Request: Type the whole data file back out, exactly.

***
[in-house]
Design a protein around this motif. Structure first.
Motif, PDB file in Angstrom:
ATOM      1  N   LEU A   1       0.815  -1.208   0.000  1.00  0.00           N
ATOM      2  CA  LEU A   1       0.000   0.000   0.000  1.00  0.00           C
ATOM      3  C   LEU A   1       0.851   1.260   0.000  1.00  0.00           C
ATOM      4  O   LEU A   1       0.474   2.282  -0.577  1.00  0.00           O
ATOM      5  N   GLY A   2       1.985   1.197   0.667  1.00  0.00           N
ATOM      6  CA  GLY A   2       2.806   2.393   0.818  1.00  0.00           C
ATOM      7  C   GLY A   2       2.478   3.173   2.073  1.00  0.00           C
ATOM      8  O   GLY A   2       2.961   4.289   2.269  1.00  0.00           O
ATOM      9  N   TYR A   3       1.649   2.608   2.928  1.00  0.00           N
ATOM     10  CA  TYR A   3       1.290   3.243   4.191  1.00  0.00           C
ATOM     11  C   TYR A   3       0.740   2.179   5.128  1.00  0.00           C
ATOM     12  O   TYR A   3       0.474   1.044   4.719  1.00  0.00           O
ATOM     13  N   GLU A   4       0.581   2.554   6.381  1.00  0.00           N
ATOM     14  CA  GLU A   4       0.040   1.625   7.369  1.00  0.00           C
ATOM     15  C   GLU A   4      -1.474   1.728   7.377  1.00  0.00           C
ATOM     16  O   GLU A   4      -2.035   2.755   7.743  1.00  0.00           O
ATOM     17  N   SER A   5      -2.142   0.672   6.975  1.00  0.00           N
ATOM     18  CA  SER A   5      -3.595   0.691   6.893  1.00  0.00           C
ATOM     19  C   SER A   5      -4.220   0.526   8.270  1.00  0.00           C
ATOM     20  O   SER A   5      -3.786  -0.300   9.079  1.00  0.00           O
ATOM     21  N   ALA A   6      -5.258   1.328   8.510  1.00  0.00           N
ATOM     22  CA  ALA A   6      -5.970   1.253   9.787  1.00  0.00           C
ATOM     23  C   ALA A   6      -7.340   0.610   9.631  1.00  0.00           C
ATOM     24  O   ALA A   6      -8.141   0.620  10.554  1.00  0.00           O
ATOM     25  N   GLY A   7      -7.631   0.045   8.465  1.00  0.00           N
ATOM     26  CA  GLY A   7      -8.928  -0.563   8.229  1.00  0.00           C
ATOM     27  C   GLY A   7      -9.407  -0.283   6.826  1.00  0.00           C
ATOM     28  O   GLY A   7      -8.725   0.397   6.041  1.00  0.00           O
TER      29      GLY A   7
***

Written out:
[in-house]
Design a protein around this motif. Structure first.
Motif, PDB file in Angstrom:
ATOM      1  N   LEU A   1       0.815  -1.208   0.000  1.00  0.00           N
ATOM      2  CA  LEU A   1       0.000   0.000   0.000  1.00  0.00           C
ATOM      3  C   LEU A   1       0.851   1.260   0.000  1.00  0.00           C
ATOM      4  O   LEU A   1       0.474   2.282  -0.577  1.00  0.00           O
ATOM      5  N   GLY A   2       1.985   1.197   0.667  1.00  0.00           N
ATOM      6  CA  GLY A   2       2.806   2.393   0.818  1.00  0.00           C
ATOM      7  C   GLY A   2       2.478   3.173   2.073  1.00  0.00           C
ATOM      8  O   GLY A   2       2.961   4.289   2.269  1.00  0.00           O
ATOM      9  N   TYR A   3       1.649   2.608   2.928  1.00  0.00           N
ATOM     10  CA  TYR A   3       1.290   3.243   4.191  1.00  0.00           C
ATOM     11  C   TYR A   3       0.740   2.179   5.128  1.00  0.00           C
ATOM     12  O   TYR A   3       0.474   1.044   4.719  1.00  0.00           O
ATOM     13  N   GLU A   4       0.581   2.554   6.381  1.00  0.00           N
ATOM     14  CA  GLU A   4       0.040   1.625   7.369  1.00  0.00           C
ATOM     15  C   GLU A   4      -1.474   1.728   7.377  1.00  0.00           C
ATOM     16  O   GLU A   4      -2.035   2.755   7.743  1.00  0.00           O
ATOM     17  N   SER A   5      -2.142   0.672   6.975  1.00  0.00           N
ATOM     18  CA  SER A   5      -3.595   0.691   6.893  1.00  0.00           C
ATOM     19  C   SER A   5      -4.220   0.526   8.270  1.00  0.00           C
ATOM     20  O   SER A   5      -3.786  -0.300   9.079  1.00  0.00           O
ATOM     21  N   ALA A   6      -5.258   1.328   8.510  1.00  0.00           N
ATOM     22  CA  ALA A   6      -5.970   1.253   9.787  1.00  0.00           C
ATOM     23  C   ALA A   6      -7.340   0.610   9.631  1.00  0.00           C
ATOM     24  O   ALA A   6      -8.141   0.620  10.554  1.00  0.00           O
ATOM     25  N   GLY A   7      -7.631   0.045   8.465  1.00  0.00           N
ATOM     26  CA  GLY A   7      -8.928  -0.563   8.229  1.00  0.00           C
ATOM     27  C   GLY A   7      -9.407  -0.283   6.826  1.00  0.00           C
ATOM     28  O   GLY A   7      -8.725   0.397   6.041  1.00  0.00           O
TER      29      GLY A   7